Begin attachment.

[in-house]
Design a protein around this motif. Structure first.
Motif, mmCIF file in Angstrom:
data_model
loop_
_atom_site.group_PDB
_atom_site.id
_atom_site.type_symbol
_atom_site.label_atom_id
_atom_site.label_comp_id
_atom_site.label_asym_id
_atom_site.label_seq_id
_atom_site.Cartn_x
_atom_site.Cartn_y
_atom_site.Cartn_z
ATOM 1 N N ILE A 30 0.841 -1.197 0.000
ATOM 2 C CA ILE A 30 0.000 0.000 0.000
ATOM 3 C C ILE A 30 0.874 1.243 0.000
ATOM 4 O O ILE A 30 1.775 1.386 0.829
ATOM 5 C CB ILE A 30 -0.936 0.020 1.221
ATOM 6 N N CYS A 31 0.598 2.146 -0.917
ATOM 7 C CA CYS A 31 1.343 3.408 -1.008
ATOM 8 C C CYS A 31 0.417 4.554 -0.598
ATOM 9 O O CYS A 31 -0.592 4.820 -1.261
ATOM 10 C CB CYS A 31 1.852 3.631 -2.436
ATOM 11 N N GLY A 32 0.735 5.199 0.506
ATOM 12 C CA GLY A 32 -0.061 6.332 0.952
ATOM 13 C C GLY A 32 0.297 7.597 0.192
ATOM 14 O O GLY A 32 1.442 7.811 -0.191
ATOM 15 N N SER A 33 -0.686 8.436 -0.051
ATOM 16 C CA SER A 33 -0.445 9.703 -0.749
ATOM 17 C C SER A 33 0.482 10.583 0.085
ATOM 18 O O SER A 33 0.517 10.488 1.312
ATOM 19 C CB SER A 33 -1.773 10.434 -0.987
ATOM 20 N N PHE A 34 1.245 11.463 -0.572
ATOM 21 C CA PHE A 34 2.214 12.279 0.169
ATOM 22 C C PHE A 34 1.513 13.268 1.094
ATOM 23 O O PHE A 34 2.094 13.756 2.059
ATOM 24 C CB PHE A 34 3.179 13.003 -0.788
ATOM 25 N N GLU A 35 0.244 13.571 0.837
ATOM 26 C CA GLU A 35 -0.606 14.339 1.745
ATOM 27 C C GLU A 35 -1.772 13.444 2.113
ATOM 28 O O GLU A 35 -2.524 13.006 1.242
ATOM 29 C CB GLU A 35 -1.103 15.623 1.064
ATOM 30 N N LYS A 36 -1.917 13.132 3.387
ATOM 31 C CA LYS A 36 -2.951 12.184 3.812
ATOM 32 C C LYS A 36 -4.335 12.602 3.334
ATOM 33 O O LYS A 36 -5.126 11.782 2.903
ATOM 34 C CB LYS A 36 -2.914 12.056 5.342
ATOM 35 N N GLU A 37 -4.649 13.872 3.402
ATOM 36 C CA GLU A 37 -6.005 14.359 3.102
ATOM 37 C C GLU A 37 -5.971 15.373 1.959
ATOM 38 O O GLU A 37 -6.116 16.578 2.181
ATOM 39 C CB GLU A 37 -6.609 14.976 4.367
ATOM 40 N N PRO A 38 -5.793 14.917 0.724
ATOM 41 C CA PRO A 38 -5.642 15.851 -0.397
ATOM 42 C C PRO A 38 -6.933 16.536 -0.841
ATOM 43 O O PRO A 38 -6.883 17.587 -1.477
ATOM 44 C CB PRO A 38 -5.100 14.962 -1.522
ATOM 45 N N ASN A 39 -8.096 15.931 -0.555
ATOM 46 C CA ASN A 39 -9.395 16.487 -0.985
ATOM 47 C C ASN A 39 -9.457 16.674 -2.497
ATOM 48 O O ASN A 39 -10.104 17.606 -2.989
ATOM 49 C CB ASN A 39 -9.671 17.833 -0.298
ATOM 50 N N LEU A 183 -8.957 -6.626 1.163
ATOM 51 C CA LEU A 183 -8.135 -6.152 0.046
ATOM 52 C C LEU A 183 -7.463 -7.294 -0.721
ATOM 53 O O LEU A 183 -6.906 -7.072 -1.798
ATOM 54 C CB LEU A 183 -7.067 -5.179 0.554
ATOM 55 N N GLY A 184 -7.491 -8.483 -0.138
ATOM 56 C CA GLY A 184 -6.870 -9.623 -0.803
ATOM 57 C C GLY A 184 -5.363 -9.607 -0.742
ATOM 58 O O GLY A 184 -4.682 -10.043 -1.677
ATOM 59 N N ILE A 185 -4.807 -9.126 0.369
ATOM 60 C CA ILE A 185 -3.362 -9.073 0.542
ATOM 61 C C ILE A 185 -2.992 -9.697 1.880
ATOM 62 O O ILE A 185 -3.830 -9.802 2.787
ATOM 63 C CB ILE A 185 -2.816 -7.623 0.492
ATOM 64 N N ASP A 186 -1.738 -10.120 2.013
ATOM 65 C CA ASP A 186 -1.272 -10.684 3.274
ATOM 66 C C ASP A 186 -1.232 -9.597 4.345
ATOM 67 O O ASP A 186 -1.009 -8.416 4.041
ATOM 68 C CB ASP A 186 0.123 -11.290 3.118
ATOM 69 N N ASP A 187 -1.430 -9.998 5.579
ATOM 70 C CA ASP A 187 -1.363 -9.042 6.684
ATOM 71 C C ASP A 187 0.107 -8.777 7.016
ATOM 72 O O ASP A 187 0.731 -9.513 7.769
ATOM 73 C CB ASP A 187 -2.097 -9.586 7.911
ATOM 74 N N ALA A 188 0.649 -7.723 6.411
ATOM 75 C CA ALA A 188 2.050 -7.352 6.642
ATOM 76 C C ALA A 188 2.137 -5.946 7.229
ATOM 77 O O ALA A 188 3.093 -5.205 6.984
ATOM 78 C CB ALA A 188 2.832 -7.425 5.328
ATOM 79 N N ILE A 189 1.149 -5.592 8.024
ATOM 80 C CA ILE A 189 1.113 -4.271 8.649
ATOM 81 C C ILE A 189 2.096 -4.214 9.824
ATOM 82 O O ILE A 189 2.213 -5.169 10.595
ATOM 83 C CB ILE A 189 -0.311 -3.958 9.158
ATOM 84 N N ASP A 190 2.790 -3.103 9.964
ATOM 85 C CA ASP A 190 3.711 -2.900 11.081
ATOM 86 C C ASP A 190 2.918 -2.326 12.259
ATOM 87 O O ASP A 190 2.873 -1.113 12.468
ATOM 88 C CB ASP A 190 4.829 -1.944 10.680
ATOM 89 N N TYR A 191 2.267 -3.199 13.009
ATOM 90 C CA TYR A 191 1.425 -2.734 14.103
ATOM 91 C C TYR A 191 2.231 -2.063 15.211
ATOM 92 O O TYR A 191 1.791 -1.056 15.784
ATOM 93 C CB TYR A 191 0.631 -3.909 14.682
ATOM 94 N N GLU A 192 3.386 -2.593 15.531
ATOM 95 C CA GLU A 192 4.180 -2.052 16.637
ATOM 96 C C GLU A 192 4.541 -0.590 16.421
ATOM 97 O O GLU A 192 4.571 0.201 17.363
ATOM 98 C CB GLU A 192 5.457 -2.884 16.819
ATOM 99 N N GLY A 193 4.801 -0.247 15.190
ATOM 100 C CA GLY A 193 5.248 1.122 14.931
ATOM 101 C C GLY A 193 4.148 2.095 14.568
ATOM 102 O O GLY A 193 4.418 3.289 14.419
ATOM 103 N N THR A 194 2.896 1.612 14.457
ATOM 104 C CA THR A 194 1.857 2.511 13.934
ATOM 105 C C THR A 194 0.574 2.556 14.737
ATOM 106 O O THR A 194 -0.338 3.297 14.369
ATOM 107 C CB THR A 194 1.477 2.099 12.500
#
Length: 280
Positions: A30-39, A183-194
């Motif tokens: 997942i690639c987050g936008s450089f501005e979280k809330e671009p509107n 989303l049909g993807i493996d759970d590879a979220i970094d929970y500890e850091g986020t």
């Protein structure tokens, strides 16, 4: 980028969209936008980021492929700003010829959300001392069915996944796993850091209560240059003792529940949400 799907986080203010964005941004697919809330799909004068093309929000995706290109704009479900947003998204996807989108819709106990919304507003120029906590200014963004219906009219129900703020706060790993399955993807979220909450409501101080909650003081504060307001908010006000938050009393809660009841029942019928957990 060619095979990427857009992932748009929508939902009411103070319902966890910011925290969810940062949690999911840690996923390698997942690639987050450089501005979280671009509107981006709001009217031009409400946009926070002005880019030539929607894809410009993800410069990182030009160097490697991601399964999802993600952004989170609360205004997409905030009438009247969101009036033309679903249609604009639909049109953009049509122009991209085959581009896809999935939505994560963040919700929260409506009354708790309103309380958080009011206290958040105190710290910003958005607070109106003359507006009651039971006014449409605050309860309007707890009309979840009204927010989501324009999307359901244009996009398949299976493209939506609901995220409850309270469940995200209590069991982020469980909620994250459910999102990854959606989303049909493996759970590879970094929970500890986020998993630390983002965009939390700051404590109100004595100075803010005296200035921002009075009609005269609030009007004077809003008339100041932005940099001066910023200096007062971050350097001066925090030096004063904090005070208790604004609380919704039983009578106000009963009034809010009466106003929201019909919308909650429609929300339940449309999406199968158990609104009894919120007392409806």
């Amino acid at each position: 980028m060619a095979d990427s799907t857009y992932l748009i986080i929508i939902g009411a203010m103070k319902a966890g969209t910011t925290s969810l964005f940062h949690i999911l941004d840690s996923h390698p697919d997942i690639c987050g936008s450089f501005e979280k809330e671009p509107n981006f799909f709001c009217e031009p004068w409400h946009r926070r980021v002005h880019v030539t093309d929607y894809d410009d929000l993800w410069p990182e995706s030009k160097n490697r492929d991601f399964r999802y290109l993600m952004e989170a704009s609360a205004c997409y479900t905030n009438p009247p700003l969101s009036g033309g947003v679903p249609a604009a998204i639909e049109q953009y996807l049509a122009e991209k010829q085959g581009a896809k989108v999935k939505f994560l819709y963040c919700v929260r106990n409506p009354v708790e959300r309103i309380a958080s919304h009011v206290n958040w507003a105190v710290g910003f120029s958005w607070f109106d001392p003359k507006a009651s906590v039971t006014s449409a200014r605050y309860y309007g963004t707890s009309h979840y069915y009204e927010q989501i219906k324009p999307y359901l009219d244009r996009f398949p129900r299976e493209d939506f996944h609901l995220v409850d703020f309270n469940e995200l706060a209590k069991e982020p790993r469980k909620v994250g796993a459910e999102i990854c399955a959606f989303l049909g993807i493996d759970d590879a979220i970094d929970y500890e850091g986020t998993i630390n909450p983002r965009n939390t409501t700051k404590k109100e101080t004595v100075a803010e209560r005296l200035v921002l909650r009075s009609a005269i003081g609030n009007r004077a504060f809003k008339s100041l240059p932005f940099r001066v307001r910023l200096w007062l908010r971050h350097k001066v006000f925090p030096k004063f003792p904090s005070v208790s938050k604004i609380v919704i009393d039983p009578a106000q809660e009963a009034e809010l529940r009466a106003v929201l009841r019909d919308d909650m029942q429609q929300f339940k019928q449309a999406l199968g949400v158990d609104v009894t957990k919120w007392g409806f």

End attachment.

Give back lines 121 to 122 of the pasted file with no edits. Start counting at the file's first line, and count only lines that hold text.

ATOM 106 O O THR A 194 -0.338 3.297 14.369
ATOM 107 C CB THR A 194 1.477 2.099 12.500